|This is the clever
coaxial tank circuit. The coil is used for 20-10 meters, and the DC
connection for the HV passes through it, exiting at the low impedance
point. The large RF choke shown has an inductance of several mH, so it
provides a high reactance on 160 meters without worries about
resonances on the bands above 40 meters.
Ultimately I replaced this with a conventional parallel feed, but I thought it was cool, so here it is.
|Here is the
The HV power supply and input circuit are at the bottom. The
compression trimmer just above the partition is half of the bridge
neutralization circuit; there is a fixed plate above the chassis near
the tube plates. Neutralization is done by adjusting this trimmer.
Note the copper sheet on the tube sockets. The idea is to provide a good common ground for the various bypasss capacitors. A little 'tongue' of copper passes through the socket hole and is bolted to the top of the chassis, to provide the shortest possible return path from the plate circuit to the filament and screem bypass capacitors. Does it help stabilize the amplifier? Who knows?
The transformer to the left of the sockets is for the screen and bias supplies; just above it are the power and soft-start relays. T/R switching circuitry is to the right of the relays.
|The amplifier seen from
The little boxes at the back contain the T/R relays (see next picture).
My theory was that it is good to isolate them in a high-gain amplifier,
such as this. Note the feedthrough capacitors on the boxes. Latter I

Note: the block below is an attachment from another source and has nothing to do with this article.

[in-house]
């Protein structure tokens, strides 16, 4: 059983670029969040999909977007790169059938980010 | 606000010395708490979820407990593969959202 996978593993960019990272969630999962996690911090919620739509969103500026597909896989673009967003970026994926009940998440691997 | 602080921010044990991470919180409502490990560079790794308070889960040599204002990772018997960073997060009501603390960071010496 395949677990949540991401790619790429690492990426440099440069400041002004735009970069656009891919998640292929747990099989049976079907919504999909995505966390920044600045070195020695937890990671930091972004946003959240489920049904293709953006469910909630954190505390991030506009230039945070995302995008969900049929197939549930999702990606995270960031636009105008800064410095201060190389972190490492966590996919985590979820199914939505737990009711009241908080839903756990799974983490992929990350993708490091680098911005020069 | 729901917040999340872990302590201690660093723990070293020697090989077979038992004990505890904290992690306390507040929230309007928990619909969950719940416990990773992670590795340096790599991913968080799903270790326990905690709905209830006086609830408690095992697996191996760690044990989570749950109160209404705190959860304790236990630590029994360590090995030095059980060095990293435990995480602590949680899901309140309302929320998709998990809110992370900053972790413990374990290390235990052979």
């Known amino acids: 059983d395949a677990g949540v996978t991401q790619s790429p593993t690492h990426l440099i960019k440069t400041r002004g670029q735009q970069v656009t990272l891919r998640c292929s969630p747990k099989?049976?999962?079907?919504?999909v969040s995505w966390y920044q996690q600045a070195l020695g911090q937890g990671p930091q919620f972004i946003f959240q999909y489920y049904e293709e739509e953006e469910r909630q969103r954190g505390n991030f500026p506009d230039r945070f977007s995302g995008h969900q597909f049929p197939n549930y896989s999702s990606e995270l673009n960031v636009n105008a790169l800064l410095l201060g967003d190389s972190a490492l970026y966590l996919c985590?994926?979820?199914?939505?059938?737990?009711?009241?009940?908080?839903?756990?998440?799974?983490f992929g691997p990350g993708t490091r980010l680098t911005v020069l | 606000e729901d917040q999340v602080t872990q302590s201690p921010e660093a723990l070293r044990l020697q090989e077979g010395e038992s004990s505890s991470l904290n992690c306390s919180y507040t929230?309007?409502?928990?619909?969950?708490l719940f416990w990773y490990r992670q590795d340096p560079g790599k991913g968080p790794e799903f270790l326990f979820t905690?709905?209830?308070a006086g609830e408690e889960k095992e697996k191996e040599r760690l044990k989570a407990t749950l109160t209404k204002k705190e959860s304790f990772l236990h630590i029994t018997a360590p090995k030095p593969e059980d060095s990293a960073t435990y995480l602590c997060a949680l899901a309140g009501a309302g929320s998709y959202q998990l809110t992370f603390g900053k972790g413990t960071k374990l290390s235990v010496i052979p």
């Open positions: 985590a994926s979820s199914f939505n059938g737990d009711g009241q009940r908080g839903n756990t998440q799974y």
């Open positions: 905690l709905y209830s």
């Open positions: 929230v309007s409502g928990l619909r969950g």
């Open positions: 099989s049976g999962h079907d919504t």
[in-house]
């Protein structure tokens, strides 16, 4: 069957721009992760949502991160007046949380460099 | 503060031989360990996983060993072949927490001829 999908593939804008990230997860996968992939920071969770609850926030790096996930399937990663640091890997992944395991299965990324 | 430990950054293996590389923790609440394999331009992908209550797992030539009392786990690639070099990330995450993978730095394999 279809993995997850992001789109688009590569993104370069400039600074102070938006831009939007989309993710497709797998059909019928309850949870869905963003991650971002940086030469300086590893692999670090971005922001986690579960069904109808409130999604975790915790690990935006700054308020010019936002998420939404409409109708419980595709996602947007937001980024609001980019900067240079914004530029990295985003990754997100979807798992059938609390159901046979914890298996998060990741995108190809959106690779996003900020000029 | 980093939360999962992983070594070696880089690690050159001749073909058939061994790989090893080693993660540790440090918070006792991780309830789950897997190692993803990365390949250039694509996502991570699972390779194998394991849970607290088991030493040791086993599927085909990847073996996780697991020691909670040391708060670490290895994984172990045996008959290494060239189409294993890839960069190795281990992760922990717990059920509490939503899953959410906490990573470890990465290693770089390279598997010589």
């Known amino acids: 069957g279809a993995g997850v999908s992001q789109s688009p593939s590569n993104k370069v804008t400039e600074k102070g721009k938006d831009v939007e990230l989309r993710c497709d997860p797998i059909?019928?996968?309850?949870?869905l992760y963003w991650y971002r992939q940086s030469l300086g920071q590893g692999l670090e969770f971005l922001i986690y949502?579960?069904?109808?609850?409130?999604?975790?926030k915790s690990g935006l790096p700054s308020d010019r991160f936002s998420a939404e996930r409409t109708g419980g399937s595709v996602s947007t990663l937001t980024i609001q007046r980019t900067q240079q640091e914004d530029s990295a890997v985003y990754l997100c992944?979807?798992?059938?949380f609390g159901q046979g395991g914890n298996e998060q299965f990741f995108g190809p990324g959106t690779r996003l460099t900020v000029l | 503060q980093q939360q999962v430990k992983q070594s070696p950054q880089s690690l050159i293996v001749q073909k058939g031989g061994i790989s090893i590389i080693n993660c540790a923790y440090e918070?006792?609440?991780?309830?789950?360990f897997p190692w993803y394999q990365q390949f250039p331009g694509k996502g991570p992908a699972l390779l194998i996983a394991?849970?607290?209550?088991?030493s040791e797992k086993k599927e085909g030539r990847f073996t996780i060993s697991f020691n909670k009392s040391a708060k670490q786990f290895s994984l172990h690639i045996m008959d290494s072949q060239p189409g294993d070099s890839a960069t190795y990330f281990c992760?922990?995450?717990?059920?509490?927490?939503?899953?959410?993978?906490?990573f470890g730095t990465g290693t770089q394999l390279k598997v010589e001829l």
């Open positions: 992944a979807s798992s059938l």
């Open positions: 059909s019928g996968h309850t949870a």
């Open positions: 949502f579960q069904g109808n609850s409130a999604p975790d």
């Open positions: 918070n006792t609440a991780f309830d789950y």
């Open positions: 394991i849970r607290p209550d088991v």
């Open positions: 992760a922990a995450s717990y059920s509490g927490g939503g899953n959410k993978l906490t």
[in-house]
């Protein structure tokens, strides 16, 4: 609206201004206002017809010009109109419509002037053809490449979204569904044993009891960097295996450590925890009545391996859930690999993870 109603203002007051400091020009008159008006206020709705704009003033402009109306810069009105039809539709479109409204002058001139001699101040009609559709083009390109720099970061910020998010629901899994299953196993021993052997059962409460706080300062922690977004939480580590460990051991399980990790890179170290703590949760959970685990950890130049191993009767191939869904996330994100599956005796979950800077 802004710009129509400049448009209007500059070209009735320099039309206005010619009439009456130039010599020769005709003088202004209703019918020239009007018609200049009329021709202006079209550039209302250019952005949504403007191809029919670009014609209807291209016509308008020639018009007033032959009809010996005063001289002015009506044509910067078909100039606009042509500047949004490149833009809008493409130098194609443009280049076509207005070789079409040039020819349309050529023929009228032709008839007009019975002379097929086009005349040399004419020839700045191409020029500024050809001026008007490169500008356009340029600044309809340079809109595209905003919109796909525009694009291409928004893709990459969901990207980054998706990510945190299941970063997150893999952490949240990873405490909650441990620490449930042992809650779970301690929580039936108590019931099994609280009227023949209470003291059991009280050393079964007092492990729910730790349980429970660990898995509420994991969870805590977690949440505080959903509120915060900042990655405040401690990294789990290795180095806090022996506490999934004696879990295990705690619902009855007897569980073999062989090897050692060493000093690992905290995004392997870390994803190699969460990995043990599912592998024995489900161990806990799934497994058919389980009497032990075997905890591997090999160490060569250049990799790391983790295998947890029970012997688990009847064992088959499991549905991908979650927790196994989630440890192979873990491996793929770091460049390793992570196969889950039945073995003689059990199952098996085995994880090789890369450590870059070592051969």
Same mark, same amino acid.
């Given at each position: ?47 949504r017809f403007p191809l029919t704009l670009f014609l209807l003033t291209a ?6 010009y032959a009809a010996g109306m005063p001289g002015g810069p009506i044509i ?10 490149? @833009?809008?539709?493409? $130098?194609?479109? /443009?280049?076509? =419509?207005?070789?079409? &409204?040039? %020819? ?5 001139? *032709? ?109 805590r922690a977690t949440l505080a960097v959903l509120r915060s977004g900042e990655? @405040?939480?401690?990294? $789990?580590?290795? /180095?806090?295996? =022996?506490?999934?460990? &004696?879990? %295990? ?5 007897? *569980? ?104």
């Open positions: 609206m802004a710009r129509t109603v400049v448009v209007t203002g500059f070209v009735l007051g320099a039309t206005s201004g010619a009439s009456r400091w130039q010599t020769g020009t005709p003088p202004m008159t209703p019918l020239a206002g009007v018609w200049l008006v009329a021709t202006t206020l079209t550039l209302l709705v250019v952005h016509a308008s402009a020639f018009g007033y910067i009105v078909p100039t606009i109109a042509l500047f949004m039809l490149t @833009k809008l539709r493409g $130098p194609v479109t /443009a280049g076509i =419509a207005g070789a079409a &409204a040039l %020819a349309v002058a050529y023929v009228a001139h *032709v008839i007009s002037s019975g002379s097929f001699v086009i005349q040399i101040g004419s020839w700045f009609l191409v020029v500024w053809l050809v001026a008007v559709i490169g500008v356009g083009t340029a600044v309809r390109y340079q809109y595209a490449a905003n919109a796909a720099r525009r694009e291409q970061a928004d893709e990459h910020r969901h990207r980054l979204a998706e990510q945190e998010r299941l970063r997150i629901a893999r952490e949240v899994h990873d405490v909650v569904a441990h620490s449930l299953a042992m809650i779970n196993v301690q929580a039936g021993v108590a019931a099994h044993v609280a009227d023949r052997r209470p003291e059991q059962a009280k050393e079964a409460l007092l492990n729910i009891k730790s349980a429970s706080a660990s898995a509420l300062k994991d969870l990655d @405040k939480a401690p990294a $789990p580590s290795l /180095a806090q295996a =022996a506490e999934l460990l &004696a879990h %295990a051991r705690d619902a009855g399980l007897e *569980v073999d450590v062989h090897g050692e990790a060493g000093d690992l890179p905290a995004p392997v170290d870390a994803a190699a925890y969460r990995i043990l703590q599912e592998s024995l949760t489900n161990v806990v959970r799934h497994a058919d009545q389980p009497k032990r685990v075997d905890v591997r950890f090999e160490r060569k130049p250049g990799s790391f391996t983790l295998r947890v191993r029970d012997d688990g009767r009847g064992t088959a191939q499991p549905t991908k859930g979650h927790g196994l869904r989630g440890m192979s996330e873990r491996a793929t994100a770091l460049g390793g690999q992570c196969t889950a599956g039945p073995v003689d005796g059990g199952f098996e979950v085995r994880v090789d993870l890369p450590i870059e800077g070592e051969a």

added a box containing a line filter where the power cord is.
You can see the completed tank circuit. The big coil is for 160-40 meters, and the tubing coil is for 20-10. This was entirely redone when I changed to a conventional paallel feed.
The vertical spiral between the tubes and the tank circuit is to provide a small amount of inductance between the tubes and the pi-network, making it an "L-pi." This made it possible to obtain a reasonable Q on 10 and 15 meters, for good efficiency.
This picture was taken before the enclosure was built. The enclosure has a muffin fan located above the tubes.
|Here are the contents of the little boxes.|
|The link-coupled input coils and the grid bandswitch. I later replaced the 10-meter coil with an air-wound version, for slightly more efficiency.|
|The HV power supply board. Only a total of about 19 uF, but I don't hear any hum. And even if I did, this is a 1955 design! These capacitors are somewhat old, but I used my ancient Eico resistance/capacitance tester to make sure they were formed up and held full voltage|
|A bad 813 I bought on EBay. Note the broken filament coil. The guy said that the tube 'looked unused' and the damage must have happened during shipping. The carbon plate was very badly pitted, too. I got my money back, but was out the shipping cost. Caveat emptor on EBay!|
|I had intended to document the construction as I went along, but I didn't do a good job of it. Here are some of the parts I started with -- you can see that I made some changes, like the vacuum capacitor instead of the bread slicer shown.|
|Here I am before building the enclosure or mounting Kurt's chart frame. Boy, I am happy it's finished.|